Strand Ephemera is a biennial event so this year’s iteration, 17 – 25 July, was the first of the COVID era. (That’s actually a rather startling thought. Was life really that different two years ago? Yes, it was.) We will therefore forgive it for being a little smaller than the others, being so grateful that it happened at all.
Jonica Newby, best known as a presenter for the ABC’s science show Catalyst, fell into depression a few years ago when the fate of her beloved alpine landscape in a warming world suddenly hit home.
After a break to rebalance she decided to use her skills to “science the shit out of it” to work her way back towards normality. As she did so, she met many climate scientists who were struggling with the same grief at the inexorable loss of their own special places, and with psychologists who could explain how best to deal with the emotional burden.
She began writing in October 2019 and was soon forced by the horrific bushfires of that summer to expand her project to include managing immediate trauma. This book is the result. To be clear, it is not about climate change or climate science (Newby knows, and we know, enough about that already) but about how we can best cope with the ongoing and seemingly inevitable collapse of the natural world we love. Continue reading “Beyond Climate Grief”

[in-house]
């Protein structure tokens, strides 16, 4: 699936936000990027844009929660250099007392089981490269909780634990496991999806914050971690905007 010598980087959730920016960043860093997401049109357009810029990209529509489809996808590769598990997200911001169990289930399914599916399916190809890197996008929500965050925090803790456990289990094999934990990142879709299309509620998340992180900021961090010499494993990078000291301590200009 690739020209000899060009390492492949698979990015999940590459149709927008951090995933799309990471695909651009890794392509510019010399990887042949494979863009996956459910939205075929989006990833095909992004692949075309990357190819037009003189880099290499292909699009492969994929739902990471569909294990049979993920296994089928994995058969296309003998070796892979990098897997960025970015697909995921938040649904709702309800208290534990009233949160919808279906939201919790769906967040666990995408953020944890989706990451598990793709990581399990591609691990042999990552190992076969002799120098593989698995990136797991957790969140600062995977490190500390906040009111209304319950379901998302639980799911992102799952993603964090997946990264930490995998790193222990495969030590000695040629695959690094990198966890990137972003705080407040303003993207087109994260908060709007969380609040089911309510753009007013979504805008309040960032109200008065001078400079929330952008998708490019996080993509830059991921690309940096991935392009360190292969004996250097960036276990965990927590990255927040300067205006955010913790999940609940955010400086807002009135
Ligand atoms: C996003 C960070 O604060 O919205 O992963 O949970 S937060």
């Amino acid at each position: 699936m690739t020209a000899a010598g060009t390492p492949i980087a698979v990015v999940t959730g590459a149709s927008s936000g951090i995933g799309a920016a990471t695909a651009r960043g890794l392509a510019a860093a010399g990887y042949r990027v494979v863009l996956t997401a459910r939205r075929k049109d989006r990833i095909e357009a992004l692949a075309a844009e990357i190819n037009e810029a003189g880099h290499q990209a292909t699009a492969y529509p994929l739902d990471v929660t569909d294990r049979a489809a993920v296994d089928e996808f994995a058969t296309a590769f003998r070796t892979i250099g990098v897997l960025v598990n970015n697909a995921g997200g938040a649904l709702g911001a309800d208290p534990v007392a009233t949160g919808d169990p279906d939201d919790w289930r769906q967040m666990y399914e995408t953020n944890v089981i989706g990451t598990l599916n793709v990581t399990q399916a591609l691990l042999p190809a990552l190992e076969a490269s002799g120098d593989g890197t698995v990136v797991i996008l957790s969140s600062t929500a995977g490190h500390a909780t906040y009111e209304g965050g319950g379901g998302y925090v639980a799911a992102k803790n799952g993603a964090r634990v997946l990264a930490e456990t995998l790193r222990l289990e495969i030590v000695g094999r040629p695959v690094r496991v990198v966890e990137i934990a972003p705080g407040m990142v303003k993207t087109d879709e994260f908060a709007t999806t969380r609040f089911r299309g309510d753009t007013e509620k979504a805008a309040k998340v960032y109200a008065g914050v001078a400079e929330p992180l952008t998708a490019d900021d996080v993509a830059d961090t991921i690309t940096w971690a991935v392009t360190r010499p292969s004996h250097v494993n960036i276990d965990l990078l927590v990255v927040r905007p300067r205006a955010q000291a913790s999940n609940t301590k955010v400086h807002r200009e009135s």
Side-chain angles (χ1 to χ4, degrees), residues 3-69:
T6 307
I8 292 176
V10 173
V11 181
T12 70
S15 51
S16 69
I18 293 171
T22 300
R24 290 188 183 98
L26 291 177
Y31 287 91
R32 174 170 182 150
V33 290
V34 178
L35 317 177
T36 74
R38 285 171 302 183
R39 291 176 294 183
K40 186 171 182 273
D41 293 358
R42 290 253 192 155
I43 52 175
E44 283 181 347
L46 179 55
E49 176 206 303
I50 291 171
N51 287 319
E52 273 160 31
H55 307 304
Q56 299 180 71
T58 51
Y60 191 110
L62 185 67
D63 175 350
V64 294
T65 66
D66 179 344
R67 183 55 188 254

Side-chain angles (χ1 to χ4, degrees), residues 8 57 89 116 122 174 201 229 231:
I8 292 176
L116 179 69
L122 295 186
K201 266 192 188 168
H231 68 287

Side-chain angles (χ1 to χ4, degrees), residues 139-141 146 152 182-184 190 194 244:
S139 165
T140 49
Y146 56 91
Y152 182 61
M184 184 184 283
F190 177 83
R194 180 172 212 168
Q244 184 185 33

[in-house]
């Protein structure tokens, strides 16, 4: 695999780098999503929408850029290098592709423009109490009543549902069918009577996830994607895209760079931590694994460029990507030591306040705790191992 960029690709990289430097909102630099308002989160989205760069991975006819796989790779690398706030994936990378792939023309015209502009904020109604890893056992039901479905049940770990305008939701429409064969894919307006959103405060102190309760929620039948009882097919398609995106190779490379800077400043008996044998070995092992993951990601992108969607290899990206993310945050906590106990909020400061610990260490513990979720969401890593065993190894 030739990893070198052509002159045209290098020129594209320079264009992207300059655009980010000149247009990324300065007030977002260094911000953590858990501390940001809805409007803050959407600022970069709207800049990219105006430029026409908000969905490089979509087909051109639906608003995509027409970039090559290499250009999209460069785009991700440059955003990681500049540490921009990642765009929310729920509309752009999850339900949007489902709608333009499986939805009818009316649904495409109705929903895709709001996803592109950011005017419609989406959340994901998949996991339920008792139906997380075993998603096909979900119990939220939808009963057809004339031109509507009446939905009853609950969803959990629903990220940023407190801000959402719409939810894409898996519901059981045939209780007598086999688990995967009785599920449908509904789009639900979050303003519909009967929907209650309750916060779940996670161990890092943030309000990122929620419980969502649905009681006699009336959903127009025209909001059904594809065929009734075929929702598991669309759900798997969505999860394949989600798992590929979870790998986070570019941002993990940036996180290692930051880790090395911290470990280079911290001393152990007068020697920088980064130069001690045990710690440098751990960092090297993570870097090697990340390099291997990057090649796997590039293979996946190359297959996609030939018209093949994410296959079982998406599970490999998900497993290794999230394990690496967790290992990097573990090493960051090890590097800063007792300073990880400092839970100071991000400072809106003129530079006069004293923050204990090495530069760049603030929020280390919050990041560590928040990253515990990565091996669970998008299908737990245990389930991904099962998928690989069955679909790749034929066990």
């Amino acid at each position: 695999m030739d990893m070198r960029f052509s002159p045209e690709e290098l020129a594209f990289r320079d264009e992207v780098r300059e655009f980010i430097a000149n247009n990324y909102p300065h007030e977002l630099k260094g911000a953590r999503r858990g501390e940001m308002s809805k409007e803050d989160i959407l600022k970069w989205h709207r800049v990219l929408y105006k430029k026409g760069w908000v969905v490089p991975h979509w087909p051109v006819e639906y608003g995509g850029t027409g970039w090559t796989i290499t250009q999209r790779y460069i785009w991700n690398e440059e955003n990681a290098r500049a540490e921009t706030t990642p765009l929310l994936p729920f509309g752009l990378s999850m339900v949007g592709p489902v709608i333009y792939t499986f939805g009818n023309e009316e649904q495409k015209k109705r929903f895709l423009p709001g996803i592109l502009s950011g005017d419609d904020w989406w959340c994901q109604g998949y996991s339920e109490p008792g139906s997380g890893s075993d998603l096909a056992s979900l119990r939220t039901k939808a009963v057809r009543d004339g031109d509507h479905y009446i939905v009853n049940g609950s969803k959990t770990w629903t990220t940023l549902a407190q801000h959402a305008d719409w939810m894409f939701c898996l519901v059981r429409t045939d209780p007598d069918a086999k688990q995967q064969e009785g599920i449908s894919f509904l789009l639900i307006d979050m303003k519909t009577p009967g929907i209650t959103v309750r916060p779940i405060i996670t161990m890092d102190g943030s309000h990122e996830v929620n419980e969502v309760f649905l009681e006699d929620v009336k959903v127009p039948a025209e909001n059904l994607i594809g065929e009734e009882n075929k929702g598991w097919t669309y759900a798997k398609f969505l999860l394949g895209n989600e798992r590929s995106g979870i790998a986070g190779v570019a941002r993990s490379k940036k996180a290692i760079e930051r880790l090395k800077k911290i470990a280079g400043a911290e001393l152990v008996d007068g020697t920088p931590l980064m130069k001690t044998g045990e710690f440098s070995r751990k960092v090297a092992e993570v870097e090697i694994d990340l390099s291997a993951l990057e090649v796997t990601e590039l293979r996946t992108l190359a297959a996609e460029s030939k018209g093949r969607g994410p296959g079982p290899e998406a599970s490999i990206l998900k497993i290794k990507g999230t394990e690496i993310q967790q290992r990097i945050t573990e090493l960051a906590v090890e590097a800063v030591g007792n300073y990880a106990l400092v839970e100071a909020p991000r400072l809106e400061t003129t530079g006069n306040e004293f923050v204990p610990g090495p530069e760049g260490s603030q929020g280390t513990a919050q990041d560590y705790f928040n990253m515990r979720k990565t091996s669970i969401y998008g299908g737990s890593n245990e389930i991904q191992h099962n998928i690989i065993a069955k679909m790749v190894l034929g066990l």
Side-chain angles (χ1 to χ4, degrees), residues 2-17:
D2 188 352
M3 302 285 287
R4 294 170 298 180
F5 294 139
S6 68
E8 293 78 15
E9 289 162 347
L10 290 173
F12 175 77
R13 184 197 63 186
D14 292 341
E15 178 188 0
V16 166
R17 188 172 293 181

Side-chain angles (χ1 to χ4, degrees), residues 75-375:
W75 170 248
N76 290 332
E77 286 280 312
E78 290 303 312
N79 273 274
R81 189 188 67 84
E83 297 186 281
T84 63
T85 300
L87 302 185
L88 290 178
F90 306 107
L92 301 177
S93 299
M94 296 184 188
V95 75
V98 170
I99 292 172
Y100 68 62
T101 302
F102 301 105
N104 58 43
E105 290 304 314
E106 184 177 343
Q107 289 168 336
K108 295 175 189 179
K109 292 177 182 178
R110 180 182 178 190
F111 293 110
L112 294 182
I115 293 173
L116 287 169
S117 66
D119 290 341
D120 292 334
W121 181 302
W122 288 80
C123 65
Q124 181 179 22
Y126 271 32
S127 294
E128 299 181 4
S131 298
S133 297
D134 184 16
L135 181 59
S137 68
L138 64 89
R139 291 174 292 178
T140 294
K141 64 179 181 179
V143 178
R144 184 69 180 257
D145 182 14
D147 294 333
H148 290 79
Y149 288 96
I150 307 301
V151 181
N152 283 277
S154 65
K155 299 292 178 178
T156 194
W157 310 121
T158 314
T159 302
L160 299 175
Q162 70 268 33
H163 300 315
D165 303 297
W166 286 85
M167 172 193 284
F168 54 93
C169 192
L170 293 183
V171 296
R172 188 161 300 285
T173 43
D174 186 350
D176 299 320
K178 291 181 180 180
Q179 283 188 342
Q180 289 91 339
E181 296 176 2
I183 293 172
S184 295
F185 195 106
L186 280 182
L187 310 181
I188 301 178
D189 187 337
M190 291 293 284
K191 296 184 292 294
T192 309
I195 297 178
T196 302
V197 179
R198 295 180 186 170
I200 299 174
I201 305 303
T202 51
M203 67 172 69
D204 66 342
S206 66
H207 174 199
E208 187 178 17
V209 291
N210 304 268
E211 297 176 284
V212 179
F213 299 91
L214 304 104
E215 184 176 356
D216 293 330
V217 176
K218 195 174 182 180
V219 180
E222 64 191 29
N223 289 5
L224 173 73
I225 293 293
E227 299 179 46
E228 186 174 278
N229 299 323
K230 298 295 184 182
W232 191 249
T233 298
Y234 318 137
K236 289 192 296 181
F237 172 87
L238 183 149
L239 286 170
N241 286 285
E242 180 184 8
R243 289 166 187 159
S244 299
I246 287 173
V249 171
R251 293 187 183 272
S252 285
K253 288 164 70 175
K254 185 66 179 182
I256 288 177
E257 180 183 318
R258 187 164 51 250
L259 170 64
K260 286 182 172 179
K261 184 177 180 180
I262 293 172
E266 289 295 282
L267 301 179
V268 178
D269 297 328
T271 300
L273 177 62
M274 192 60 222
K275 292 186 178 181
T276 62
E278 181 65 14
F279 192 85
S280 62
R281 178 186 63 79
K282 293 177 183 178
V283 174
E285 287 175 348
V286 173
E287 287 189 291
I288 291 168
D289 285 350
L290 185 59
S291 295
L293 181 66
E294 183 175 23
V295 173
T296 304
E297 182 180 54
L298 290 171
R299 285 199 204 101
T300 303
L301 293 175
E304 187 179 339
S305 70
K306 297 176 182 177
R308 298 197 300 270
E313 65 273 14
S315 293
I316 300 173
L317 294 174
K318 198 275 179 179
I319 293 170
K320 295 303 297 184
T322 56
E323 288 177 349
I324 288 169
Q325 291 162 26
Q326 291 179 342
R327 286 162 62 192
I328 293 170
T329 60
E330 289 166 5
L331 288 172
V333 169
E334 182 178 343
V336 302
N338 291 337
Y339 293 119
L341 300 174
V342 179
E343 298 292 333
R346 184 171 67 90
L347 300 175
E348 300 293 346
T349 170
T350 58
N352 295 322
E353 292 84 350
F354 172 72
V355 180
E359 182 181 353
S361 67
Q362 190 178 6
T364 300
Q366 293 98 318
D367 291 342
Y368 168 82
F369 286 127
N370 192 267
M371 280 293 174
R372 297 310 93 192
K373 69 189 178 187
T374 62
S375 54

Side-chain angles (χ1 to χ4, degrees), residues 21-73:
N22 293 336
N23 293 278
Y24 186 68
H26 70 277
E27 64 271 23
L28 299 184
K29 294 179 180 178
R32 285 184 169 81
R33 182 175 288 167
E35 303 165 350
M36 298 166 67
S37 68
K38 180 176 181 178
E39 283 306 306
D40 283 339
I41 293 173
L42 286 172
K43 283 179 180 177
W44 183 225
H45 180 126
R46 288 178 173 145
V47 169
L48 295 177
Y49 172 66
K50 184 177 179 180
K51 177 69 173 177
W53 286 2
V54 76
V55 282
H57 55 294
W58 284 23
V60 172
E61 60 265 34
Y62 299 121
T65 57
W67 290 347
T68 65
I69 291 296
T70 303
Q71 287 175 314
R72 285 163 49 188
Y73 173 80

What can we, as a family, do to reduce our carbon footprint and have a more ecologically sound lifestyle in general?
I know there are a lot of resources out there but I don’t have any particular expertise or the time to research everything, so I need a step-by-step or a handbook.
A related question – a lot of the difficulty is inertia. Any advice on how to get momentum turning away from the consumerist vortex of middle class American life (give me convenience or give me death) towards a more sustainable lifestyle?
This excellent question was posted to an online forum recently. It received some very good answers so I thought that I would treat it like a similar question on ethical investing a year ago and turn the discussion into a blog post.
In the middle of last year I compiled Where Did We Come From?, a sequence of articles and links about the evolution of our own species from the time we diverged from other apes up to the last few tens of thousands of years.
The last few articles in that sequence focused on Australia, and later additions crept ever closer to our own time. In the interests of making all the material more manageable, this post is its Australian content with some further additions. As before, it is arranged chronologically.
Reef HQ Aquarium is about to close for a year for an extensive rebuilding project.
The whole structure is thirty years old and is looking tired; quite apart from that, its surrounding have changed: a building which was a great use of the site when it was shared by the Magnetic Island ferry terminal and the Omnimax theatre is now awkward, almost dysfunctional. The big reef and predator tanks will stay where they are, for obvious reasons, but everything else will move. It will take at least a year, and it starts in February.